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Title: Perceptions of professional identity and interprofessional working in Children's Services
Author: Atkins, Christina Ann Vanessa
ISNI:       0000 0004 7224 4805
Awarding Body: Kingston University
Current Institution: Kingston University
Date of Award: 2018
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Little is known about how frontline professionals’ perceptions of identity and interprofessional working (IPW) impacts on their ability to work collaboratively. This study contributes to a better understanding of the role of professional identity in collaborative working through an exploration of the views of four professional groups; early years professionals, health visitors, police officers and social workers, who come together within the framework of the team around the child (TAC). The research adopted a mixed-methods design using a questionnaire (n=124) and semi-structured interviews (n=36). The questionnaires were analysed by comparing the mean ratings professionals gave to their own professional characteristics and the other three professions and the interviews were analysed using an interpretative phenomenological approach to gain more insight into professionals’ perceptions of their identity and experiences of working together. The findings revealed that the professionals had a good understanding of their differing status within collaborative working and sought to maintain their professional identity rather than adopting an interprofessional persona. Working together was not viewed as a joint enterprise and professionals questioned whether it was necessary to develop interprofessional relationships to work effectively. Despite stating that they generally worked well together professionals were quite critical of each other’s practice and blamed each other when things went wrong. Issues were raised about the efficacy of the TAC model in terms of the lead role, the quality of information sharing and discussion, and the fear of discord between professionals. The study highlights that professionals are not as committed to IPW as policy makers and organisations assume. There needs to be more awareness at all levels of the impact of professional identity, intergroup theory and a supportive environment on IPW. The mindset that dismisses the importance of professional relationships must be changed to enhance the development of trust between professionals. A reconfiguration of services with more opportunities for contact between professionals would support this. It is recommended that the TAC model is restructured with independent leadership, clear guidelines of professional responsibility and improved organisational support. Realistic group conflict theory could be used as a framework to help professionals acknowledge and manage conflict between them. Further research is recommended to develop a wider understanding of professionals’ perceptions of professional identity and IPW.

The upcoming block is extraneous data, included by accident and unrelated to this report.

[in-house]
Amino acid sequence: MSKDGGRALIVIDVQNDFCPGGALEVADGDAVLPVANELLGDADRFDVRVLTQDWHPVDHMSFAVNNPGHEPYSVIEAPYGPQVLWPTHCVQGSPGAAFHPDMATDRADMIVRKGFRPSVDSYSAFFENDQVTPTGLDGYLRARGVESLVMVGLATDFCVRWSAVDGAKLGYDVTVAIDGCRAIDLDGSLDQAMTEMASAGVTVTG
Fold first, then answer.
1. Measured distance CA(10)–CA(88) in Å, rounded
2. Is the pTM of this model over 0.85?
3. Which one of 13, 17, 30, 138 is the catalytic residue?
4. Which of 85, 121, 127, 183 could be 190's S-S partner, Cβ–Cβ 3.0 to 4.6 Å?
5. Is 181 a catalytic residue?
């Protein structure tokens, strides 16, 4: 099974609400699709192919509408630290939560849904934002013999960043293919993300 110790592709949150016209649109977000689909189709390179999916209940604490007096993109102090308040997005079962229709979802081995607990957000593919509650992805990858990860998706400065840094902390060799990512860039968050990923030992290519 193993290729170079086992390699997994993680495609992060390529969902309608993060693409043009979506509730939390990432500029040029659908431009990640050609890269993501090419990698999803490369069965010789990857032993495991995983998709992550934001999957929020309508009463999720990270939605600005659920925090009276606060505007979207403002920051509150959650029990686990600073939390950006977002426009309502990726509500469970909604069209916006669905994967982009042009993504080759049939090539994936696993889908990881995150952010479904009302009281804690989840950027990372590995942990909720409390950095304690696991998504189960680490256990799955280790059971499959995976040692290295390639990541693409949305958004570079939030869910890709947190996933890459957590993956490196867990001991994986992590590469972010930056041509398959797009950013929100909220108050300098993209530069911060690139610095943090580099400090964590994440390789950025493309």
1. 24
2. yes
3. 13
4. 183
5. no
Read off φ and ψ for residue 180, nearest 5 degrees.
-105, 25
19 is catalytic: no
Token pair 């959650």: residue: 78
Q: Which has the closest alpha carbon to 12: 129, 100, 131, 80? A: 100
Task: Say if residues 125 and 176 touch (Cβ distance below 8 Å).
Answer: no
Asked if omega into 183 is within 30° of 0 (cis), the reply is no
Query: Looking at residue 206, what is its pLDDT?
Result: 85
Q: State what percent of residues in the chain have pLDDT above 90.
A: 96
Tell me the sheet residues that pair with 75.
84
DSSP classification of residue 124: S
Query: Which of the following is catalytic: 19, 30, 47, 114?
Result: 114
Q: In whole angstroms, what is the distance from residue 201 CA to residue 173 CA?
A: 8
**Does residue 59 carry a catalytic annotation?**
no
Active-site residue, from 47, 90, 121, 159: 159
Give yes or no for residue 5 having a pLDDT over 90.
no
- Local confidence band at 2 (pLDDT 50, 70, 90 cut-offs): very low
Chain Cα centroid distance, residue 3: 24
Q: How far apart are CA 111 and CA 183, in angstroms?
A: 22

Supervisor: Ooms, Ann ; Muleya, Wilson ; Jones, Ray Sponsor: Not available
Qualification Name: Thesis (Ph.D.) Qualification Level: Doctoral
EThOS ID:  DOI: Not available
Keywords: Social work and social policy and administration